Tuesday, August 17, 2010

Homage to Ian Mueller

I was in the Chicago philosophy graduate program during the 1990s. My
primary field of study was philosophy of physics, but I spent a good
third of my time on ancient Greek philosophy as well, most of it with
Ian. I adored Ian, both personally and professionally. I feel
privileged to have been his student, and even more to have known him
as a person. I find as I make my way through the world of academic
philosophy that by and large the people who know Ian---and when
someone in the field knows Ian, they invariably revere him---are those
people who themselves do the finest work.

Ian was a philosopher's philosopher---a true scholar and open-minded
thinker who never let his astonishing carefulness and thoroughness
degenerate into pedantry. He was the only person I know who could
make the commentaries and the apparatuses fun. (Indeed, this is the
thanks I gave him in the "Acknowledgments" section of my doctoral
dissertation, the second person I thanked there: "It is a pleasure to
acknowledge and thank the following people.... Ian Mueller---for
exemplifying the spirit of careful scholarship, and for making me
realize that sometimes (not often, but sometimes) studying the
secondary literature can be almost as rewarding as reading the
original text.")

This is one of my fondest memories of Ian. We were in the weekly
group he used to lead on Aristotle's *Metaphysics*, going through a
particularly difficult passage in Book Lambda, as always going through
the text line by line, word by word (while always keeping an eye
firmly fixed on the bigger picture). At one point, I recalled that
Ross, in the commentary to his edition of the Greek, had an
interesting take on a disputed reading, so I offered my recollected
gloss on it. Ian looked puzzled, and said surely that was not right,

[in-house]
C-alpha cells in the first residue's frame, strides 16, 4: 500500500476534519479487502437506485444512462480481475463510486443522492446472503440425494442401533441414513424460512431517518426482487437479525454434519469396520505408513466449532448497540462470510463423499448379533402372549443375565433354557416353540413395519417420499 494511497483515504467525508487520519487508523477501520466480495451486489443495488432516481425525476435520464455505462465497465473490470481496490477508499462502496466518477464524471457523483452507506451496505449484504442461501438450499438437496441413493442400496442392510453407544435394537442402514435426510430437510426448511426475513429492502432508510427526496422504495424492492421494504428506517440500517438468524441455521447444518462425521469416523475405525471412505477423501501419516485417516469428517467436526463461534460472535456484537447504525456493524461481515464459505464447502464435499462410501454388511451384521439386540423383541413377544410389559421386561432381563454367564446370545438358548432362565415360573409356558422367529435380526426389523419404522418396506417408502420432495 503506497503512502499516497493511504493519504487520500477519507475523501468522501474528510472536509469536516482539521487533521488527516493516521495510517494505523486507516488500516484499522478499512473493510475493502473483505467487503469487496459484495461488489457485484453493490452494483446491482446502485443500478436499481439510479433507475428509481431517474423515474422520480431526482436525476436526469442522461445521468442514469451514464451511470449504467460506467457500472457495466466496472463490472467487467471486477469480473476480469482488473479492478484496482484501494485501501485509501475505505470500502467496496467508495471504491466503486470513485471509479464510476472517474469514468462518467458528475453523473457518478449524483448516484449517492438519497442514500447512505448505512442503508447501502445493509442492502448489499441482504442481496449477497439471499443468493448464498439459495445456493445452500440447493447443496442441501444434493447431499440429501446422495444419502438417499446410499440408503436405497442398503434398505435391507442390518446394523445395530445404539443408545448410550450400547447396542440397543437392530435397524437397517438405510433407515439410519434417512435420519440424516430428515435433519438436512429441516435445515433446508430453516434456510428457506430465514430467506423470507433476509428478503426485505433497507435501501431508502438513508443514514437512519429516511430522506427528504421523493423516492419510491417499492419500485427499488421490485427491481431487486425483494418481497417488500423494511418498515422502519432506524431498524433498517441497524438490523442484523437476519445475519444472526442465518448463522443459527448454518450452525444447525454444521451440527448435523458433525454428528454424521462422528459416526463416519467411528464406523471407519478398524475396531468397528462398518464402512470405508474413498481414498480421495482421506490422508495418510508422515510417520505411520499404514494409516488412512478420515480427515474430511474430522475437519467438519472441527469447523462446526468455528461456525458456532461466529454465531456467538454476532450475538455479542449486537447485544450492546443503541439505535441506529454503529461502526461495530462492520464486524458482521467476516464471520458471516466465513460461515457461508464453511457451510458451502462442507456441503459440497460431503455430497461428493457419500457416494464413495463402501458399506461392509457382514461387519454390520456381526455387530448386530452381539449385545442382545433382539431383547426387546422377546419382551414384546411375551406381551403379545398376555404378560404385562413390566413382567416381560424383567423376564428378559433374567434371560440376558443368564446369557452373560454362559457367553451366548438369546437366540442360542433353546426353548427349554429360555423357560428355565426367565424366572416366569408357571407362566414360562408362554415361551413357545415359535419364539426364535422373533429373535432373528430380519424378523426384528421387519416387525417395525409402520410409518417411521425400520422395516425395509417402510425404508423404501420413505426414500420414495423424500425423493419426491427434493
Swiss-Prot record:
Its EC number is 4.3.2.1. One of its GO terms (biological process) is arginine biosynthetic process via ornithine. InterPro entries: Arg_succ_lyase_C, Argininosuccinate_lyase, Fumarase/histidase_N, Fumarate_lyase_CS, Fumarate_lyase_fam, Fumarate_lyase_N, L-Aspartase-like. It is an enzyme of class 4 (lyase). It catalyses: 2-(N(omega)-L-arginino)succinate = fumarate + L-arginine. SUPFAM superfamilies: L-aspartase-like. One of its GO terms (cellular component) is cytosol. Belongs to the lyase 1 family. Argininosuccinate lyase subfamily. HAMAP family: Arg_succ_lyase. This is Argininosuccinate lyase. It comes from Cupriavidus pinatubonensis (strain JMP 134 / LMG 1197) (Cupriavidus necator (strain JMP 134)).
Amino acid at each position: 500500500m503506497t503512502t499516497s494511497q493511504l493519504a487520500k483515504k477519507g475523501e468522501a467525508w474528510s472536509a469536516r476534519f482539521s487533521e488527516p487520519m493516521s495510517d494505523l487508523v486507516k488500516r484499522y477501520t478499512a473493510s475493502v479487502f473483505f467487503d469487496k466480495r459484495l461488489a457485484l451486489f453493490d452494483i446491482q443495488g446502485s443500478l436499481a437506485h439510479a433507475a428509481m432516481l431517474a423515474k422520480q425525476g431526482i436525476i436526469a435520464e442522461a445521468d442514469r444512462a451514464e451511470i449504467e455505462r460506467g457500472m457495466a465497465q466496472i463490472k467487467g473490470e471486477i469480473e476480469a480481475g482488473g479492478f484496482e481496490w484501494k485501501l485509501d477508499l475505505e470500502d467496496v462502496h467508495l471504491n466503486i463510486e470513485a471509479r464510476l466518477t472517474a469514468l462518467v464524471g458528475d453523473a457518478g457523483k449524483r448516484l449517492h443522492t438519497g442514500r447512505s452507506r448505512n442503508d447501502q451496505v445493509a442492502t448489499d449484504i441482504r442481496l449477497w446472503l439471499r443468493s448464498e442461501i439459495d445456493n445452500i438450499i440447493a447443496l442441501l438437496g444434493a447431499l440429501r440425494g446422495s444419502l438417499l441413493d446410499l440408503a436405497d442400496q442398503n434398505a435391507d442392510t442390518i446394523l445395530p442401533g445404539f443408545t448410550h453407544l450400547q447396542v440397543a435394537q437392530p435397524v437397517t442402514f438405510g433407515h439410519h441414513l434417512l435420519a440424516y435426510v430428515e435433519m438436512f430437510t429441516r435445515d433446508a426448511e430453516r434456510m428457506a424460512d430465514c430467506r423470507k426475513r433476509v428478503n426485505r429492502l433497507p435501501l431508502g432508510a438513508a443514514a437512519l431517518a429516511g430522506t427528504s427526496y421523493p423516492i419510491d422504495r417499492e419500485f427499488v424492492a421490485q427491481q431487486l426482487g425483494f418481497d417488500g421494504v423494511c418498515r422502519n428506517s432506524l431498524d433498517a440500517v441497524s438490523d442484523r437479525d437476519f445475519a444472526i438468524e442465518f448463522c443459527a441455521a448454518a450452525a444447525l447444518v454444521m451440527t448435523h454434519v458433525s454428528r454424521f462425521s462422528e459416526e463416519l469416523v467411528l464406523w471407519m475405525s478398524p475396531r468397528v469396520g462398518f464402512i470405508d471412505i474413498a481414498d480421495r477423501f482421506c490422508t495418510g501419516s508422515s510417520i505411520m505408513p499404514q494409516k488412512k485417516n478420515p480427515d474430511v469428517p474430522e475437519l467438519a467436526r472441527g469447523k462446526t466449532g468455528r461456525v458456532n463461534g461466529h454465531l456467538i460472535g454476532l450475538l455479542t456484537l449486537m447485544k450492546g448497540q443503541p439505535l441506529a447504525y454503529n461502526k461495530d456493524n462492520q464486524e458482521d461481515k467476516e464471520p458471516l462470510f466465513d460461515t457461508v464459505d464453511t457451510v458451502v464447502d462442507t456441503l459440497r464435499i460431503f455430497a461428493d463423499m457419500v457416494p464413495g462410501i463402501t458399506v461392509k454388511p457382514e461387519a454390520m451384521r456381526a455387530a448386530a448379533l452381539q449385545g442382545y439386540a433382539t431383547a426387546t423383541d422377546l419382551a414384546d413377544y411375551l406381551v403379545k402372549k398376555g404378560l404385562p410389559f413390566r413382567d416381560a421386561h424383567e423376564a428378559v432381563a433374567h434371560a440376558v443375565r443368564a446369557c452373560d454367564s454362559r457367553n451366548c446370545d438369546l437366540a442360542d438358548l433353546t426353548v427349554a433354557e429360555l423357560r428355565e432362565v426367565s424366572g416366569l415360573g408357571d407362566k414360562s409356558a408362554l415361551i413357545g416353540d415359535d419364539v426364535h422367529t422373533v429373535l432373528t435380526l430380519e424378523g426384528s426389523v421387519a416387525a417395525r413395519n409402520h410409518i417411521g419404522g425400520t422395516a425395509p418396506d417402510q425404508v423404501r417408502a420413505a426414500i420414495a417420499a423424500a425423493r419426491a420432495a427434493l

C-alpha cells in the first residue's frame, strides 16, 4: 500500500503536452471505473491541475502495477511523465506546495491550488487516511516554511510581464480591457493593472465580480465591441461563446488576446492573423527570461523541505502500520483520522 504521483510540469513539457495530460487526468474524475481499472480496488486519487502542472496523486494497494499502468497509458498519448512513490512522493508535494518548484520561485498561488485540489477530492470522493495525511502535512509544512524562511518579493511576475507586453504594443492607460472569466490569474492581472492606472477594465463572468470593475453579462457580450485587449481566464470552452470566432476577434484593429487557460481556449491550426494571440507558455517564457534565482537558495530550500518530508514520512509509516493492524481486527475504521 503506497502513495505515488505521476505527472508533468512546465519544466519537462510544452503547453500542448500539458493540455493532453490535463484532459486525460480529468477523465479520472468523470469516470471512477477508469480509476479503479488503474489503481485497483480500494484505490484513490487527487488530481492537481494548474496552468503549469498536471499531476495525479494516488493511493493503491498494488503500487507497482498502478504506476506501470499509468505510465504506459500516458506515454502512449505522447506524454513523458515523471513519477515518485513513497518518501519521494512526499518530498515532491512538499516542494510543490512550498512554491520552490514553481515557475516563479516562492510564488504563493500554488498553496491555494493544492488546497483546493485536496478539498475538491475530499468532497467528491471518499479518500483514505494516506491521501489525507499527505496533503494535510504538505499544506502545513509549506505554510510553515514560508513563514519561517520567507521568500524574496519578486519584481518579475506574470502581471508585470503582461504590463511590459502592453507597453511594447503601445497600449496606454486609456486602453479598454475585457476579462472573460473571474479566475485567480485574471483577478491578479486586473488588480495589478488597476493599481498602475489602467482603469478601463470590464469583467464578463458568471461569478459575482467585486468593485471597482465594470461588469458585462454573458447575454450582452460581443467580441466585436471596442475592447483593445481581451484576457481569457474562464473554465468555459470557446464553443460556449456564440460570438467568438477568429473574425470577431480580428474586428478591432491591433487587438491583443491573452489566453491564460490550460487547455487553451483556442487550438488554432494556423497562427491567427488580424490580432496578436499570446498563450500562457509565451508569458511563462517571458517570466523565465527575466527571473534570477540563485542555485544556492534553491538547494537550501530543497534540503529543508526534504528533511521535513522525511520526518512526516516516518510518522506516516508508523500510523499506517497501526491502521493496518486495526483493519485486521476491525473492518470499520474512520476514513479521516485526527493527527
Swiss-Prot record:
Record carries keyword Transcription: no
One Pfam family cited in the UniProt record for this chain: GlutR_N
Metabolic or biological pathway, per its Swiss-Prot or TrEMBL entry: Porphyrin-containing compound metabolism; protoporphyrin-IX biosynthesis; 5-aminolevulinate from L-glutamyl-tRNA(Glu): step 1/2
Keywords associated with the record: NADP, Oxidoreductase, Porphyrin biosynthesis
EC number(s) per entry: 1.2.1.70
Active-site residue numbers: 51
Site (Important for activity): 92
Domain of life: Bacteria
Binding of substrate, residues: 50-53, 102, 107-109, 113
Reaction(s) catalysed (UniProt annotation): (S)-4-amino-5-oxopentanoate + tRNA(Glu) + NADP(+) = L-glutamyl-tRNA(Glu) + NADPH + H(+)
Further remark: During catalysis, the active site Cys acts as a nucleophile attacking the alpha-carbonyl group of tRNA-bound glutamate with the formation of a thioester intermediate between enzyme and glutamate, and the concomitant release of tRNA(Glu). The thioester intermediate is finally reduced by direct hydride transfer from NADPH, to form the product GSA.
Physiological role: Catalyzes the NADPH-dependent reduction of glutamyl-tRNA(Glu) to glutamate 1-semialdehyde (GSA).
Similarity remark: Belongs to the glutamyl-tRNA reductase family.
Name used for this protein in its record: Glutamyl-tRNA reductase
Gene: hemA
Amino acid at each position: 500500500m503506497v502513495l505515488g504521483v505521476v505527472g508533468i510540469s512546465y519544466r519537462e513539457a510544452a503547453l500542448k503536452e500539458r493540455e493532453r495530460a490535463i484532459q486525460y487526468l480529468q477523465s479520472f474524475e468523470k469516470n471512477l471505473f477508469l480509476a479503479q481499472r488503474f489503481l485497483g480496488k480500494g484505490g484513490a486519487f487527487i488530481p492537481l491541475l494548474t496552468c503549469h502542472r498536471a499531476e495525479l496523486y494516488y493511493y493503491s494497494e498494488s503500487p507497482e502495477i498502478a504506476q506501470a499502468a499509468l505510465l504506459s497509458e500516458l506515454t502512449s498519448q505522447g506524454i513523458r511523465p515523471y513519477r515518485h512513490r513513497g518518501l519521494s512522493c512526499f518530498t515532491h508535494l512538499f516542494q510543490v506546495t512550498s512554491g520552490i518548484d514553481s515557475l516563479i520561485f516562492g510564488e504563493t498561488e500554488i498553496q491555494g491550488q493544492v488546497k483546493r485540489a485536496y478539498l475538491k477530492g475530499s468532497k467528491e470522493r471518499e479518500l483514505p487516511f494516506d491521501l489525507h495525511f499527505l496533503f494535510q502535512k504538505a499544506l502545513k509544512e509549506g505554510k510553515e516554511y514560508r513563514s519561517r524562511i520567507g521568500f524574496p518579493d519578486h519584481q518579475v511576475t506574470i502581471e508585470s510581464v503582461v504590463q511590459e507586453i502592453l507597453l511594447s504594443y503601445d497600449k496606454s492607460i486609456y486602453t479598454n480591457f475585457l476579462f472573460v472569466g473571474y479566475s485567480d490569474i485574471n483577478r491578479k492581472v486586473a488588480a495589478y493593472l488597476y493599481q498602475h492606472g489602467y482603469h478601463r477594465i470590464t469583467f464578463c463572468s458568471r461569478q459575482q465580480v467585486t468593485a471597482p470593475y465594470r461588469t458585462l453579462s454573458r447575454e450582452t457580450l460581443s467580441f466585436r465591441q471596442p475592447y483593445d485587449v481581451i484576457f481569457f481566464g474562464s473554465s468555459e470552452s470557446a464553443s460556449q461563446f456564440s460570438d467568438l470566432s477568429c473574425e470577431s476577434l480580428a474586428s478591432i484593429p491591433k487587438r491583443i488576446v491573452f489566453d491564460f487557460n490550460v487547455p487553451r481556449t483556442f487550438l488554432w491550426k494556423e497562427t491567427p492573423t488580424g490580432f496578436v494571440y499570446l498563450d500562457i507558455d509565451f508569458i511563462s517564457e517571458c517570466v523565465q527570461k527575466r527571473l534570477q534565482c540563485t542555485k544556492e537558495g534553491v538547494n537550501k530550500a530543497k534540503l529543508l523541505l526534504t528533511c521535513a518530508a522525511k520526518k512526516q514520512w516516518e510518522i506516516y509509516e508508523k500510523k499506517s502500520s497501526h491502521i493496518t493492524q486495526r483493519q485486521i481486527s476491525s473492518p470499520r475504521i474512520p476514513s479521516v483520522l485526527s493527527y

that was not what Ross had said. I guess I was feeling cocky, because
normally I would have deferred to Ian's mastery of the apparatus, but
on that occasion I was sure I was right and said so. Like dueling
gunslingers, Ian and I simultaneously and gleefully (albeit, Ian in
his understated way) reached for our copies of Ross and scrambled to
beat each other to the relevant part of the commentary. At about the
same moment, again, we each declared ourselves to be right. And
looked at each other puzzled, because we could not both be right.
After a moment's confusion, we worked out that I had the second
edition of Ross and Ian had the first. I figured that was the end of
the matter, but Ian asked to see my copy. Lovingly he lay the two
editions side by side and perused them in turn for several moments,
working out the details and subtleties of Ross's apparent change of
heart, clearly trying to figure out not only the substance but the
reasons behind it. Finally, dreamily, he looked up, eyes on the
Platonic Heaven, and said softly, "God help me, I love this stuff."

I tried to tell Ian several times how much he meant to me, how much he
had contributed to my intellectual development---how much of my
teaching and research, even to this day, even on topics not related to
ancient philosophy, is still done with him consciously in my mind as a
paragon. He always brushed it aside with a shy modesty that was
humbling to me. I know full well that I am far from the only one of
Ian's ex-students to feel this way.

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